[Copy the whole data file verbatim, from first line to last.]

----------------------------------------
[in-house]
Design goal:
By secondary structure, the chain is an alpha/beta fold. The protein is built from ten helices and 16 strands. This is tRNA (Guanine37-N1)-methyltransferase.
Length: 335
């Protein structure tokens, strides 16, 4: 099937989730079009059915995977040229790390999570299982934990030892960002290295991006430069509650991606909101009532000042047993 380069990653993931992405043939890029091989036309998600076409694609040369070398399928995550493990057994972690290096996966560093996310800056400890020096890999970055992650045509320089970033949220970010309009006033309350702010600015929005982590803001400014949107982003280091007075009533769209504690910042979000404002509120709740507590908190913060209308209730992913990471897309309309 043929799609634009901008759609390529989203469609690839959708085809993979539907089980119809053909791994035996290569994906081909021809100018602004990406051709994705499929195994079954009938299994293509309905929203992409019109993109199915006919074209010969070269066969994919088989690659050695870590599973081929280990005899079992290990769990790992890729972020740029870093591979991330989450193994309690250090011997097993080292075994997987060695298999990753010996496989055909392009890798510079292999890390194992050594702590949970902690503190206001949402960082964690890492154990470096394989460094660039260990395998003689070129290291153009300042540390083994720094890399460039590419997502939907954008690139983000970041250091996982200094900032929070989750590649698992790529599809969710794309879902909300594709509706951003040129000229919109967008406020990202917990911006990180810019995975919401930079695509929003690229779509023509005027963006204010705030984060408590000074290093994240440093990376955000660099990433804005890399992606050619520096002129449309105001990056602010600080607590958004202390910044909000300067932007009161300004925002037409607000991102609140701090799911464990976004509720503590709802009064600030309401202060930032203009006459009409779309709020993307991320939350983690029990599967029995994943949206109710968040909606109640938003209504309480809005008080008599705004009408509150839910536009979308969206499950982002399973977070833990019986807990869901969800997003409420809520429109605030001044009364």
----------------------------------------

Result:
[in-house]
Design goal:
By secondary structure, the chain is an alpha/beta fold. The protein is built from ten helices and 16 strands. This is tRNA (Guanine37-N1)-methyltransferase.
Length: 335
């Protein structure tokens, strides 16, 4: 099937989730079009059915995977040229790390999570299982934990030892960002290295991006430069509650991606909101009532000042047993 380069990653993931992405043939890029091989036309998600076409694609040369070398399928995550493990057994972690290096996966560093996310800056400890020096890999970055992650045509320089970033949220970010309009006033309350702010600015929005982590803001400014949107982003280091007075009533769209504690910042979000404002509120709740507590908190913060209308209730992913990471897309309309 043929799609634009901008759609390529989203469609690839959708085809993979539907089980119809053909791994035996290569994906081909021809100018602004990406051709994705499929195994079954009938299994293509309905929203992409019109993109199915006919074209010969070269066969994919088989690659050695870590599973081929280990005899079992290990769990790992890729972020740029870093591979991330989450193994309690250090011997097993080292075994997987060695298999990753010996496989055909392009890798510079292999890390194992050594702590949970902690503190206001949402960082964690890492154990470096394989460094660039260990395998003689070129290291153009300042540390083994720094890399460039590419997502939907954008690139983000970041250091996982200094900032929070989750590649698992790529599809969710794309879902909300594709509706951003040129000229919109967008406020990202917990911006990180810019995975919401930079695509929003690229779509023509005027963006204010705030984060408590000074290093994240440093990376955000660099990433804005890399992606050619520096002129449309105001990056602010600080607590958004202390910044909000300067932007009161300004925002037409607000991102609140701090799911464990976004509720503590709802009064600030309401202060930032203009006459009409779309709020993307991320939350983690029990599967029995994943949206109710968040909606109640938003209504309480809005008080008599705004009408509150839910536009979308969206499950982002399973977070833990019986807990869901969800997003409420809520429109605030001044009364």